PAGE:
Empty Nests: Flying Solo After the Kids Leave Home

Alexandra Kennedy always knew the day would come when her son, Taylor, would leave for college and an independent life. She was sure she would be prepared.

After all, as a marriage and family therapist in Santa Cruz, California, Kennedy specializes in grief counseling. Having counseled countless other parents through this passage, she expected her training would shield her from many of the conflicting emotions her patients had experienced. Moreover, through Taylor’s senior year in high school, she and her husband, Jon, had carefully prepared themselves for his departure.

Small wonder that Kennedy was bewildered at the flood of tears she shed — not just in concert with other mothers at her son’s college orientation in Los Angeles, where Taylor would spend the next four years, but also during the entire eight-hour drive back. Indeed, Kennedy found herself not just thrown off, but broadsided by her misery. As a mother and therapist she knew that leaving home was a crucial step in Taylor’s growth, but she missed him desperately. In short, she was experiencing exactly the same despair through which she had helped shepherd so many parents.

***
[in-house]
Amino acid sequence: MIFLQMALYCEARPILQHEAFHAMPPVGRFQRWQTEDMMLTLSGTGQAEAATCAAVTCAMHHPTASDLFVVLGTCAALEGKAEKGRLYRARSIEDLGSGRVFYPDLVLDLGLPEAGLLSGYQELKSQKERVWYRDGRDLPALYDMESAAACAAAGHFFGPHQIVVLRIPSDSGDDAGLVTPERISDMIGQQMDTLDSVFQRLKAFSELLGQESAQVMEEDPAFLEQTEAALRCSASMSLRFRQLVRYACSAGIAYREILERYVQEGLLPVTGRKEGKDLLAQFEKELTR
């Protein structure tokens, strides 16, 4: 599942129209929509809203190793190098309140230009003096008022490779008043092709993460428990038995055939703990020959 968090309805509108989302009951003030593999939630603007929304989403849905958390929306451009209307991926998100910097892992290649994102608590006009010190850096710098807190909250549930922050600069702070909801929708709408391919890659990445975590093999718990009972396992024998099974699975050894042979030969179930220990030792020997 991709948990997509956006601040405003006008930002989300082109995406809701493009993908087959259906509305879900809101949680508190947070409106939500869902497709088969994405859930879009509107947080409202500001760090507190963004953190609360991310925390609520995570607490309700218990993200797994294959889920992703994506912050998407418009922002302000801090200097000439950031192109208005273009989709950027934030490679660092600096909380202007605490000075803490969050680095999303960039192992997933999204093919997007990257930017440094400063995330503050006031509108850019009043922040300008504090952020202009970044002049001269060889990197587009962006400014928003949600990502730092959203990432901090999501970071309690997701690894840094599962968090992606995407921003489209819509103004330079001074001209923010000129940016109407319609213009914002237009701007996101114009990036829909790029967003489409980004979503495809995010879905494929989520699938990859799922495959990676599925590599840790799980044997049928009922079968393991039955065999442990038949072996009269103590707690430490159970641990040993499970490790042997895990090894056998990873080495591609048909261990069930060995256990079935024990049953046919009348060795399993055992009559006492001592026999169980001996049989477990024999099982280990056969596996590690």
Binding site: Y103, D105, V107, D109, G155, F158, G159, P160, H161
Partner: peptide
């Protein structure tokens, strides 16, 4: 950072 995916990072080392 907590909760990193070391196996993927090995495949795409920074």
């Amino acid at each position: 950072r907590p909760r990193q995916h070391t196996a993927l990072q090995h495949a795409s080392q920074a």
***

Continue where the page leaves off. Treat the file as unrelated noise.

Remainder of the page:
When children leave home, especially the last kid or an only child, “it’s the end of a whole phase of your life,” says Kennedy, who wrote the landmark guide Losing a Parent. “You’ve raised a family. It’s been tremendously consuming emotionally, and suddenly — they’re out of the nest. It’s a huge shift.”

“I grieved the loss of seeing my son every morning, having breakfast, checking in on him,” adds Kennedy. “I sobbed for the ending of my relationship with my son as it had been, and of our family as we knew it. There was a big emptiness in my life, but I didn’t want to ignore it. I wanted to accept the possibilities of a new, larger relationship with both Taylor and Jon.”